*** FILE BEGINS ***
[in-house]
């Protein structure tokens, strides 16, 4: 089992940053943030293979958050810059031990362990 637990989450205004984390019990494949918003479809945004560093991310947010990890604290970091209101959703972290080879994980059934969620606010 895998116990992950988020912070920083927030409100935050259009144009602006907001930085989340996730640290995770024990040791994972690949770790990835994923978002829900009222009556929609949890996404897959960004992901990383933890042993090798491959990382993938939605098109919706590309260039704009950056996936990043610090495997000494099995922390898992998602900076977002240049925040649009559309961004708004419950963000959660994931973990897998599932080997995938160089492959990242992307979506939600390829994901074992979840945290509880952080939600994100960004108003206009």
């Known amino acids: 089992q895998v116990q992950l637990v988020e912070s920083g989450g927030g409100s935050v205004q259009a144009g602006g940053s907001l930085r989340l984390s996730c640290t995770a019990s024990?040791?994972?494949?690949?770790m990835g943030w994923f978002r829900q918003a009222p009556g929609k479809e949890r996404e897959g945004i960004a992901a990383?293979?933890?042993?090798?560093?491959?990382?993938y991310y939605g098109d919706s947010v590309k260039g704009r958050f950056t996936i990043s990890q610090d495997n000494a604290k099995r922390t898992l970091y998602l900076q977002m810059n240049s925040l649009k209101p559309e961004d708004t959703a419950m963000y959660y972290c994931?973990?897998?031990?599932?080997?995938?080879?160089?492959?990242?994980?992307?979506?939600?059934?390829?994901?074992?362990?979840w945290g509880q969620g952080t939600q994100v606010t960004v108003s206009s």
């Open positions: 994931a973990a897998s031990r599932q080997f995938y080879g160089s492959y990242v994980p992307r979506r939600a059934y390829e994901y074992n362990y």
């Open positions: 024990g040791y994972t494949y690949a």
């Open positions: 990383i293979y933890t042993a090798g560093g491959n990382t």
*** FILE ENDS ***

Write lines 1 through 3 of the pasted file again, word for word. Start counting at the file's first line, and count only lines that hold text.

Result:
[in-house]
């Protein structure tokens, strides 16, 4: 089992940053943030293979958050810059031990362990 637990989450205004984390019990494949918003479809945004560093991310947010990890604290970091209101959703972290080879994980059934969620606010 895998116990992950988020912070920083927030409100935050259009144009602006907001930085989340996730640290995770024990040791994972690949770790990835994923978002829900009222009556929609949890996404897959960004992901990383933890042993090798491959990382993938939605098109919706590309260039704009950056996936990043610090495997000494099995922390898992998602900076977002240049925040649009559309961004708004419950963000959660994931973990897998599932080997995938160089492959990242992307979506939600390829994901074992979840945290509880952080939600994100960004108003206009």
């Known amino acids: 089992q895998v116990q992950l637990v988020e912070s920083g989450g927030g409100s935050v205004q259009a144009g602006g940053s907001l930085r989340l984390s996730c640290t995770a019990s024990?040791?994972?494949?690949?770790m990835g943030w994923f978002r829900q918003a009222p009556g929609k479809e949890r996404e897959g945004i960004a992901a990383?293979?933890?042993?090798?560093?491959?990382?993938y991310y939605g098109d919706s947010v590309k260039g704009r958050f950056t996936i990043s990890q610090d495997n000494a604290k099995r922390t898992l970091y998602l900076q977002m810059n240049s925040l649009k209101p559309e961004d708004t959703a419950m963000y959660y972290c994931?973990?897998?031990?599932?080997?995938?080879?160089?492959?990242?994980?992307?979506?939600?059934?390829?994901?074992?362990?979840w945290g509880q969620g952080t939600q994100v606010t960004v108003s206009s």